Progressing through the ranks in Jiu-Jitsu is a long, long process and students who want to get to their next as fast as possible often get burned when they realise that it’s a marathon and not a sprint.
You often hear the term “well deserved belt” but what does that really mean?
A simple way of understanding it is when a teammate gets promoted by the instructor and the unanimous feeling in the team is “Well that was about time!”.
It is often a thin line between sandbagging and the instructor knowing when it’s time to pass to the next belt…
Sandbagging is a term used in martial arts to denote a practitioner who competes at a skill-bracket deemed less rigorous than their actual level of competitive ability. The term is adopted similarly in golf and various forms of racing. In contrast to these sports however, it remains unclear whether the grappling “sandbagger” necessarily does so intentionally. For example, in Judo or Brazilian Jiu-Jitsu, where competition is generally divided by belt rank, a practitioner is conventionally not allowed to choose his or her own ranking and thus must compete at a level predetermined by his or her instructor. In this case, the instructor doesn’t promote the student on purpose because they want them to rack up the most medals possible at their current belt level.
If the instructor is ‘sandbagging’ a student in order for them to win as many medals as possible in competition, that means that they are a great competitor but maybe other parts of their Jiu-Jitsu game are lacking: humility, helping teammates, other parts of game need to be worked on. Every instructor has their own set of criteria and maybe the student doesn’t fulfil them yet.
The outspoken ADCC champion Vinny Magalhaes wrote his thoughts on what he defines as a well deserved belt.
He is known for speaking his mind and spoke with no filter.
He wrote on his Facebook:
If you follow me, you might’ve seen me randomly posting something sarcastic about Belt promotions in BJJ, and the reason why I do it, it’s because nowadays we see a lot of people receiving their belts without some type of consistency, without having a real reason to receive that “well deserved” message that people like to leave on their comments, without even thinking deeply if it was really that well deserved.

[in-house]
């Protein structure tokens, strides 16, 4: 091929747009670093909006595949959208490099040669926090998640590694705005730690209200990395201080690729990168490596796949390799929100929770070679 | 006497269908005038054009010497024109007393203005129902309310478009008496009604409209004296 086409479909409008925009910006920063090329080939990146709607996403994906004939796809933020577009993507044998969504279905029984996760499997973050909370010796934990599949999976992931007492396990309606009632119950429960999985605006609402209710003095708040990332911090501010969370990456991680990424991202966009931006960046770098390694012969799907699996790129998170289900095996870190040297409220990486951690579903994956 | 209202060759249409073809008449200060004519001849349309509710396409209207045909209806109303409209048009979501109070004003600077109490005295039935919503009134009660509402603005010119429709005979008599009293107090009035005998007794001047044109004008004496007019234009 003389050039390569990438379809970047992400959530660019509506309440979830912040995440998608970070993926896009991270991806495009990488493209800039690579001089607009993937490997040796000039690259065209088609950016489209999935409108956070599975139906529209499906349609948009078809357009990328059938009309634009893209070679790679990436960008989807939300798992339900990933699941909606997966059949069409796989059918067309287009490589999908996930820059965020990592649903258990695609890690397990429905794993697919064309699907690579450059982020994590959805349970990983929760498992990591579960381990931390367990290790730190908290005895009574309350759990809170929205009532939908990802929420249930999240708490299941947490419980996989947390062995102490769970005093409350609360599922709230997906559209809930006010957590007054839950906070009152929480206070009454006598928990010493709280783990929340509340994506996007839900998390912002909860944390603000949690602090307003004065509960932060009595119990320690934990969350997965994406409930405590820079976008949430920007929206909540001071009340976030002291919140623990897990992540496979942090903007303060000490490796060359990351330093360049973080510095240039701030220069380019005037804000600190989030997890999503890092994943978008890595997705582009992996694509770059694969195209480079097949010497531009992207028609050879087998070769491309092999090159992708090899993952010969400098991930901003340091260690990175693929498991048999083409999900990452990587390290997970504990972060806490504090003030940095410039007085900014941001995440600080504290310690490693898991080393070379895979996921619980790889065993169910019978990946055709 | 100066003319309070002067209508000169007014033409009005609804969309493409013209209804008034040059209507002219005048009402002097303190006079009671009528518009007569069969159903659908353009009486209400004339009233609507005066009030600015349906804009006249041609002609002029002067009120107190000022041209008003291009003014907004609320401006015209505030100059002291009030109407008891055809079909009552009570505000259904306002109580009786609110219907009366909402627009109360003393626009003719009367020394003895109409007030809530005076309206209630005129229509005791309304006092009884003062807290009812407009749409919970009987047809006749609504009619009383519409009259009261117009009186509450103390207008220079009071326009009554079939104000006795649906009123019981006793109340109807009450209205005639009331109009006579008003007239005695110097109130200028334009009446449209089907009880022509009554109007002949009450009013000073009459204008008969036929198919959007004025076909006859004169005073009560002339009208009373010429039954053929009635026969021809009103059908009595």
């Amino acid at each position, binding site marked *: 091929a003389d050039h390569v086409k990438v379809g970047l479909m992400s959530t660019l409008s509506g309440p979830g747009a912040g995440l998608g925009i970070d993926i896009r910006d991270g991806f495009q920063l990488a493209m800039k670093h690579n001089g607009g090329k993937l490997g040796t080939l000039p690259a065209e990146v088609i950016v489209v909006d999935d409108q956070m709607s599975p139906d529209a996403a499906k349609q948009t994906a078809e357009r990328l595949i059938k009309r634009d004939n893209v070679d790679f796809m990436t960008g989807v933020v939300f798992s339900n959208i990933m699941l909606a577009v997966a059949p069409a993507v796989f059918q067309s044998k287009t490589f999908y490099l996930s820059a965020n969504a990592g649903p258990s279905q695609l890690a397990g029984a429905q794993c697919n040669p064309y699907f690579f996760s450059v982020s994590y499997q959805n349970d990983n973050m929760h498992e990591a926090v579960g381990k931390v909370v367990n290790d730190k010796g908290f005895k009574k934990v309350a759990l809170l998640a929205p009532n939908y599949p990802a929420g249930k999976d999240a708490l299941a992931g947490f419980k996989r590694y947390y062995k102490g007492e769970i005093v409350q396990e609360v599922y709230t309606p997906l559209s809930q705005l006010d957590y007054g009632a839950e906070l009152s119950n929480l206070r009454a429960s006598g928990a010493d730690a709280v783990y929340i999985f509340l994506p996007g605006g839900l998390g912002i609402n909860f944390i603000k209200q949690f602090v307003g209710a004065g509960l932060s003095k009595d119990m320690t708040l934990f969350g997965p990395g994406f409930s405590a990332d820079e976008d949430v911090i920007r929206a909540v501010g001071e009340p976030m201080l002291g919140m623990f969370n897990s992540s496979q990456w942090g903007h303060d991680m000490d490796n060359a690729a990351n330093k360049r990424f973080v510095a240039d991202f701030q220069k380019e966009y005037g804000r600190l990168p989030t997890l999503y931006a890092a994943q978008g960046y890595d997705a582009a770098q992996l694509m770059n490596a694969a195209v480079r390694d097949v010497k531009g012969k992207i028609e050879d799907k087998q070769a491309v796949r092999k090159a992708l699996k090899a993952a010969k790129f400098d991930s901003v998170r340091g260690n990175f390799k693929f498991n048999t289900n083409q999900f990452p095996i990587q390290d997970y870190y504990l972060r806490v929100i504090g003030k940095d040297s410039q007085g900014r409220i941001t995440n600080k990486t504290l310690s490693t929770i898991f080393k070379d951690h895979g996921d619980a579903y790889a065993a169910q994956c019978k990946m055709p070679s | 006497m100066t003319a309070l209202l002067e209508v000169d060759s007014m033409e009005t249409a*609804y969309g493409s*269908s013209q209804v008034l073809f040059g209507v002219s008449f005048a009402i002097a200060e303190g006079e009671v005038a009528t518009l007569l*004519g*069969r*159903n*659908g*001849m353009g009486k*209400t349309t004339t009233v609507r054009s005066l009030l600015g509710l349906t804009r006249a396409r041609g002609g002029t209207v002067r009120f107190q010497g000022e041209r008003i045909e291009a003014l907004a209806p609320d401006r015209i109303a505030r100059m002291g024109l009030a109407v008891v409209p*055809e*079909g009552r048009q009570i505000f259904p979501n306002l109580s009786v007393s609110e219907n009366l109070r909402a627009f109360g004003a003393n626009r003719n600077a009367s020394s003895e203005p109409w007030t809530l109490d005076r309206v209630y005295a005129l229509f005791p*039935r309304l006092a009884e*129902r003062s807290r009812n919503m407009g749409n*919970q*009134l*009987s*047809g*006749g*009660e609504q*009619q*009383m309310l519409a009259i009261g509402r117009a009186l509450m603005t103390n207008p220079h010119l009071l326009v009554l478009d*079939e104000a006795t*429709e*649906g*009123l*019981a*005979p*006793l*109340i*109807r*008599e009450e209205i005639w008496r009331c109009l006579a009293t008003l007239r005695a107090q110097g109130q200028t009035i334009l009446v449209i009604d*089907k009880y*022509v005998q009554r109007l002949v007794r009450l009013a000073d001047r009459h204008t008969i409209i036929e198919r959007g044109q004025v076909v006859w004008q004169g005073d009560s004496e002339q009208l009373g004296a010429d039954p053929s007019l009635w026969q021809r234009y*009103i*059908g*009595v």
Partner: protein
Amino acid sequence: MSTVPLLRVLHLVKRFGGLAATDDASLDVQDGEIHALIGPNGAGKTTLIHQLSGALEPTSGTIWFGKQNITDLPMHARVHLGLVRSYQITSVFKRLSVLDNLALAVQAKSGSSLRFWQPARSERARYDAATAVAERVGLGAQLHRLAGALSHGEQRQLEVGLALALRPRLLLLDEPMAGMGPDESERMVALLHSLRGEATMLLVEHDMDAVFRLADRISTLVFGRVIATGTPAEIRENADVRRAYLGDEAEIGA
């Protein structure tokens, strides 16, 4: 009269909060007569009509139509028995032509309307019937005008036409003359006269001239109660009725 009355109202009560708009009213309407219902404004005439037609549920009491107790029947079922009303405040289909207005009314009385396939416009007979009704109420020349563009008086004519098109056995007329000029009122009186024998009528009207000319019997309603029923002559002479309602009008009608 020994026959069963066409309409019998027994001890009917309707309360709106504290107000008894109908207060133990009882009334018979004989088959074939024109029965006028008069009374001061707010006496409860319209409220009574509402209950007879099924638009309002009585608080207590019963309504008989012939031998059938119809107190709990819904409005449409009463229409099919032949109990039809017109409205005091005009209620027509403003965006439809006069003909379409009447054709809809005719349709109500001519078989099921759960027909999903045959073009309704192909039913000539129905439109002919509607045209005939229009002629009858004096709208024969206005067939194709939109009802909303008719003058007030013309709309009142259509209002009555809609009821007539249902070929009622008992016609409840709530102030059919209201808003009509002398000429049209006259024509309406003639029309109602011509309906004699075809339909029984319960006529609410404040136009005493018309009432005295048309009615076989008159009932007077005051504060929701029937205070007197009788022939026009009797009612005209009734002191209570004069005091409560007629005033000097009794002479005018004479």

In my opinion, to get through any belt, you have to have consistency, and consistency isn’t just about have 200 assigned classes on your attendance card (by the way, I don’t have those at my gym, because I know when you’re coming to class,plus attendance and improvement not always walk together). Being consistent is a combination of things. Of course that be at the gym counts, but what’s the point of being at the gym if you’re not giving 100% during the warm ups, or giving 100%!during the technical portion of each class, if you’re not evolving, if you’re not sharing your knowledge to lower ranked students, or you’re not giving 100% in competition for those that like and have the time to compete?
Belt should be about all these things that I mentioned Except just about “time”. If you’ve been training for 10 years or more, but you can’t be consistent in any of these things that I mentioned, good luck at getting any belt from me, you’ll even need to be even luckier to be getting a BLACK BELT from me…In all fairness, it might never happen.
With all that being said, last night I promoted @chance_the_grappler to Black Belt.
Chance isn’t your 19 year old kid that’s doing nothing but training BJJ, he has to run his own business, has a family that more than rightfully he has to spend time with, but even with all these life responsibilities, he still found time to compete in well over 22 BJJ competitions over the last two years alone, and has won or placed in every event that he has competed in, Including winning multiple gold medals at US Nationals, Master Worlds, No Gi Worlds, etc.
That’s the type of person that I’ll see a “well deserved” comment on his post, and I’ll say “you’re damn right, it was well deserved!”